A sharpcrested weir was installed at the bottom of the concrete channel with different distances above the floor of the concrete channels 50, 100, and 150 cm, considered an apron solid. A layer of sand was placed at the bottom of the channel with a length of 4 m and a thickness of 20 cm. The surface of the sand was leveled with the surface of the solid apron. Twopoint gauges were used; the first zeroed at the crested weir to measure the head of water after reaching a steady flow state. The second one moved on a rail and zeroed on the surface of the sand and channel bed used to measure the scour hole depth and length and the tailwater depth downstream the sharpcrested weir. The scour hole dimensions were taken after a certain period, approximately 3 h from the start of the operation, to make sure that the scour process stopped and the movement of the grain material stopped; the dimensions of the scour hole were measured downstream the weir after making sure that the water which passes over the sand layer was drained, as the point gauge was moved every 5 cm for the entire width and length of the study area, according to the preliminary experiments that were conducted for a week, and previous studies used the distance of the same grid [13]. After completing the readings, the bed materials were mixed well and then refurnished and leveled again, and the rest of the discharge was used for the exact first distance of the apron solid, and the discharge was reused for the second and third distances of the apron solid.
Results and discussion
The effect of nondimensional variables on the maximum depth and length of the scour hole was studied when changing the size of the apron solid by using the theory of dimensional analysis. The statistical program SPSS 21 was used to find empirical equations of the depth and length of scour hole in terms of the influencing factors [14]. The 3D model of the sedimentary bed was drawn using the program Surfer13 to show the scour areas downstream weir.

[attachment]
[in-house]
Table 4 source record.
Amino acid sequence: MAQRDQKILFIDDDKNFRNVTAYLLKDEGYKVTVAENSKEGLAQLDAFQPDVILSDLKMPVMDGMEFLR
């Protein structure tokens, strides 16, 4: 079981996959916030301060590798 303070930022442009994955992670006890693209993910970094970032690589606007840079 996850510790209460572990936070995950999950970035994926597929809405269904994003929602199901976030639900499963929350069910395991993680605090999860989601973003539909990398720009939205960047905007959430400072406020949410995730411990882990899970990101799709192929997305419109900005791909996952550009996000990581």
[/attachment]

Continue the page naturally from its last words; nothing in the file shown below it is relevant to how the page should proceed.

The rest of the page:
Froude number (Fr) effect
Froude number Fr is an essential factor influencing the scour hole’s characteristics (scour depth and downstream of a fixed bed) such as scour around a pier [15,16,17]. The results showed that there is a direct relationship between the relative depth and length of scour hole to the height of tailwater Ds/Yt and Ls/Yt with Froude number Fr. When the Fr increased, the dimension of scour hole increases (Table 1 and Figs. 3 and 4).
From the figures, it can be seen that when the apron solid length is 50 cm, the depth and length of scour hole increase compared with the lengths of 100 and 150 cm; because the flow is more turbulent when it reaches the sand layer, the long distance assists to reduce turbulence and calming the flow [3] and [13]. The dimension of the scours hole increases at the apron solid 150 cm compared to 100 cm because of forming vortices downstream structures, and these vortices increase when the approach apron increases and leads to increase scour dimensions.
Effect length of apron solid (Lb)
A hydraulic apron solid was used to reduce the dimensions of scour hole; the results showed that increasing the length of the apron solid by 50 to 100 cm reduces the flow energy before reaching the study area for the same discharge. The study’s results showed that the highest percentage decrease in the depth and length of scour hole was 19.3% and 27.7%, respectively, at the discharge of 25 l/s because the area on which the water falls above the edge of the weir represents an area of disturbance and dispersal of the flow before its arrival. In the study area, when using a 50cmlong protection floor, and due to the short distance, the flow is more turbulent when it reaches the sand layer than when the protection floor is 100 cm long due to the effect of the distance in reducing turbulence and calming flow [3].
Changing the scour geometries along the study area